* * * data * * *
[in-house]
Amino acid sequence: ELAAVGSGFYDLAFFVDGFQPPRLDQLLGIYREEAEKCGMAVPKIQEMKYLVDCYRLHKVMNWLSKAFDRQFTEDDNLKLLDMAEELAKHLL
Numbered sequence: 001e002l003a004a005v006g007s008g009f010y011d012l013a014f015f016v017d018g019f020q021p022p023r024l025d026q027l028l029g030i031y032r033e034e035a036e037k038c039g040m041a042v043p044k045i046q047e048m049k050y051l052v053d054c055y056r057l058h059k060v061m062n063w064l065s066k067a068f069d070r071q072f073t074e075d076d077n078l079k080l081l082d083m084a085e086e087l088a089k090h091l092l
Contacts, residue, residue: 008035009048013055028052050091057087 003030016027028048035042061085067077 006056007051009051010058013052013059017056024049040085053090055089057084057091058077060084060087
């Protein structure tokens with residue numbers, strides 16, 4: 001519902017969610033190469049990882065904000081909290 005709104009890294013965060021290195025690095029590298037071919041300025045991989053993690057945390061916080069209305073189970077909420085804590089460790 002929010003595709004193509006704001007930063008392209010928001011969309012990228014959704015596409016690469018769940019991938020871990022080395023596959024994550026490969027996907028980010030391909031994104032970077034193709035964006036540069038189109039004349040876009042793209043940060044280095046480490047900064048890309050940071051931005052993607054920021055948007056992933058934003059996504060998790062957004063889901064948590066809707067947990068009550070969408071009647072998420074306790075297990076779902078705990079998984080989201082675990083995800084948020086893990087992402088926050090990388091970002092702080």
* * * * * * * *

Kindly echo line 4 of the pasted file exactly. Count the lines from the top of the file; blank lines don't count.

Contacts, residue, residue: 008035009048013055028052050091057087 003030016027028048035042061085067077 006056007051009051010058013052013059017056024049040085053090055089057084057091058077060084060087